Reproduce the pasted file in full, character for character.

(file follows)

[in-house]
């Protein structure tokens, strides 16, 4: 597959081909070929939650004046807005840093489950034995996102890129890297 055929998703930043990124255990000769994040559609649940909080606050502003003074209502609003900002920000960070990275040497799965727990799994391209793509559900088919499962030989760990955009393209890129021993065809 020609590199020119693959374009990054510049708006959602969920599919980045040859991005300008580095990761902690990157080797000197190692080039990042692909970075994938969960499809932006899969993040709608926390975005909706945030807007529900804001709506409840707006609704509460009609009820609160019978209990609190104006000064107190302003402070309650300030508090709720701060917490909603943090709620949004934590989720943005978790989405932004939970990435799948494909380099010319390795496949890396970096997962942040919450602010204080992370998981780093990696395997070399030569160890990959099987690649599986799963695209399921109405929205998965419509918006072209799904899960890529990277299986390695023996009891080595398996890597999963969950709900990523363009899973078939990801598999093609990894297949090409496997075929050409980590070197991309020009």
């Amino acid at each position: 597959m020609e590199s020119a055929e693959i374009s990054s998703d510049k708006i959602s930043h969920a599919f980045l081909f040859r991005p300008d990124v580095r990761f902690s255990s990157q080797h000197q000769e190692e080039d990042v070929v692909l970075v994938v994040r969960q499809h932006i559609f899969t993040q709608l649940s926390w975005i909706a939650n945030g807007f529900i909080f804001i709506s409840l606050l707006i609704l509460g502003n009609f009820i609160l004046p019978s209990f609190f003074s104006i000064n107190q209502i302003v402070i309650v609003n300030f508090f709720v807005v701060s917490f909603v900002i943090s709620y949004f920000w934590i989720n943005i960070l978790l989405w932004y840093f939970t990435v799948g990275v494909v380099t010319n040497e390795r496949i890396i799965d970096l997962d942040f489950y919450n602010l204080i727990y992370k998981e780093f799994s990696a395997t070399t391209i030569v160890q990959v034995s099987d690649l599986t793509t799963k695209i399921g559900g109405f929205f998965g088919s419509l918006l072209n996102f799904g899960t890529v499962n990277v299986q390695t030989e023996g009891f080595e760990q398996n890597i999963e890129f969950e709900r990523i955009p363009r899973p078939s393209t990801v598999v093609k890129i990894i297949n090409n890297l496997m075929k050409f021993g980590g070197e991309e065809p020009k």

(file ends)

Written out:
[in-house]
């Protein structure tokens, strides 16, 4: 597959081909070929939650004046807005840093489950034995996102890129890297 055929998703930043990124255990000769994040559609649940909080606050502003003074209502609003900002920000960070990275040497799965727990799994391209793509559900088919499962030989760990955009393209890129021993065809 020609590199020119693959374009990054510049708006959602969920599919980045040859991005300008580095990761902690990157080797000197190692080039990042692909970075994938969960499809932006899969993040709608926390975005909706945030807007529900804001709506409840707006609704509460009609009820609160019978209990609190104006000064107190302003402070309650300030508090709720701060917490909603943090709620949004934590989720943005978790989405932004939970990435799948494909380099010319390795496949890396970096997962942040919450602010204080992370998981780093990696395997070399030569160890990959099987690649599986799963695209399921109405929205998965419509918006072209799904899960890529990277299986390695023996009891080595398996890597999963969950709900990523363009899973078939990801598999093609990894297949090409496997075929050409980590070197991309020009």
């Amino acid at each position: 597959m020609e590199s020119a055929e693959i374009s990054s998703d510049k708006i959602s930043h969920a599919f980045l081909f040859r991005p300008d990124v580095r990761f902690s255990s990157q080797h000197q000769e190692e080039d990042v070929v692909l970075v994938v994040r969960q499809h932006i559609f899969t993040q709608l649940s926390w975005i909706a939650n945030g807007f529900i909080f804001i709506s409840l606050l707006i609704l509460g502003n009609f009820i609160l004046p019978s209990f609190f003074s104006i000064n107190q209502i302003v402070i309650v609003n300030f508090f709720v807005v701060s917490f909603v900002i943090s709620y949004f920000w934590i989720n943005i960070l978790l989405w932004y840093f939970t990435v799948g990275v494909v380099t010319n040497e390795r496949i890396i799965d970096l997962d942040f489950y919450n602010l204080i727990y992370k998981e780093f799994s990696a395997t070399t391209i030569v160890q990959v034995s099987d690649l599986t793509t799963k695209i399921g559900g109405f929205f998965g088919s419509l918006l072209n996102f799904g899960t890529v499962n990277v299986q390695t030989e023996g009891f080595e760990q398996n890597i999963e890129f969950e709900r990523i955009p363009r899973p078939s393209t990801v598999v093609k890129i990894i297949n090409n890297l496997m075929k050409f021993g980590g070197e991309e065809p020009k």